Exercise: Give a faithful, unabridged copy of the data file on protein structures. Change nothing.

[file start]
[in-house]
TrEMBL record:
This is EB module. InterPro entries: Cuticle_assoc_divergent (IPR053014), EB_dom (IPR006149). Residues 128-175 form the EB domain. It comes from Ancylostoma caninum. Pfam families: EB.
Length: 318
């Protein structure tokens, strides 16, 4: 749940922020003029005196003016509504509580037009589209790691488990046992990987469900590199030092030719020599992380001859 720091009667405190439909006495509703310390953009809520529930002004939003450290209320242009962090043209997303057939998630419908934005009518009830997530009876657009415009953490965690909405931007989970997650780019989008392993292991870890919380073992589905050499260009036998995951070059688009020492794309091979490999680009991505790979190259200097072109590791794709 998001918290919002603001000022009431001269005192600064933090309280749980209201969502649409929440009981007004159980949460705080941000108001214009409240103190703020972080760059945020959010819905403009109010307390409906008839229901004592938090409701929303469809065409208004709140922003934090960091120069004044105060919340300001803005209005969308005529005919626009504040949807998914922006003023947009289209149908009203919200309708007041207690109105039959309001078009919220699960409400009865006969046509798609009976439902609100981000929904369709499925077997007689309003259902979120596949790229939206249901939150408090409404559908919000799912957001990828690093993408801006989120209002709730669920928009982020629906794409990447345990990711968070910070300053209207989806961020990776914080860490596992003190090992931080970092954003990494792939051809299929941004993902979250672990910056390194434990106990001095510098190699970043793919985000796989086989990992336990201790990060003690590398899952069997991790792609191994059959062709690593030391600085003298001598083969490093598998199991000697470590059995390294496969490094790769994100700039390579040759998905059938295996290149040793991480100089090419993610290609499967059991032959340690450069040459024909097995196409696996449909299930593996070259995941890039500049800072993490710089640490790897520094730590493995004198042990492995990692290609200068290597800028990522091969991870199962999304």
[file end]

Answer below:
[in-house]
TrEMBL record:
This is EB module. InterPro entries: Cuticle_assoc_divergent (IPR053014), EB_dom (IPR006149). Residues 128-175 form the EB domain. It comes from Ancylostoma caninum. Pfam families: EB.
Length: 318
């Protein structure tokens, strides 16, 4: 749940922020003029005196003016509504509580037009589209790691488990046992990987469900590199030092030719020599992380001859 720091009667405190439909006495509703310390953009809520529930002004939003450290209320242009962090043209997303057939998630419908934005009518009830997530009876657009415009953490965690909405931007989970997650780019989008392993292991870890919380073992589905050499260009036998995951070059688009020492794309091979490999680009991505790979190259200097072109590791794709 998001918290919002603001000022009431001269005192600064933090309280749980209201969502649409929440009981007004159980949460705080941000108001214009409240103190703020972080760059945020959010819905403009109010307390409906008839229901004592938090409701929303469809065409208004709140922003934090960091120069004044105060919340300001803005209005969308005529005919626009504040949807998914922006003023947009289209149908009203919200309708007041207690109105039959309001078009919220699960409400009865006969046509798609009976439902609100981000929904369709499925077997007689309003259902979120596949790229939206249901939150408090409404559908919000799912957001990828690093993408801006989120209002709730669920928009982020629906794409990447345990990711968070910070300053209207989806961020990776914080860490596992003190090992931080970092954003990494792939051809299929941004993902979250672990910056390194434990106990001095510098190699970043793919985000796989086989990992336990201790990060003690590398899952069997991790792609191994059959062709690593030391600085003298001598083969490093598998199991000697470590059995390294496969490094790769994100700039390579040759998905059938295996290149040793991480100089090419993610290609499967059991032959340690450069040459024909097995196409696996449909299930593996070259995941890039500049800072993490710089640490790897520094730590493995004198042990492995990692290609200068290597800028990522091969991870199962999304």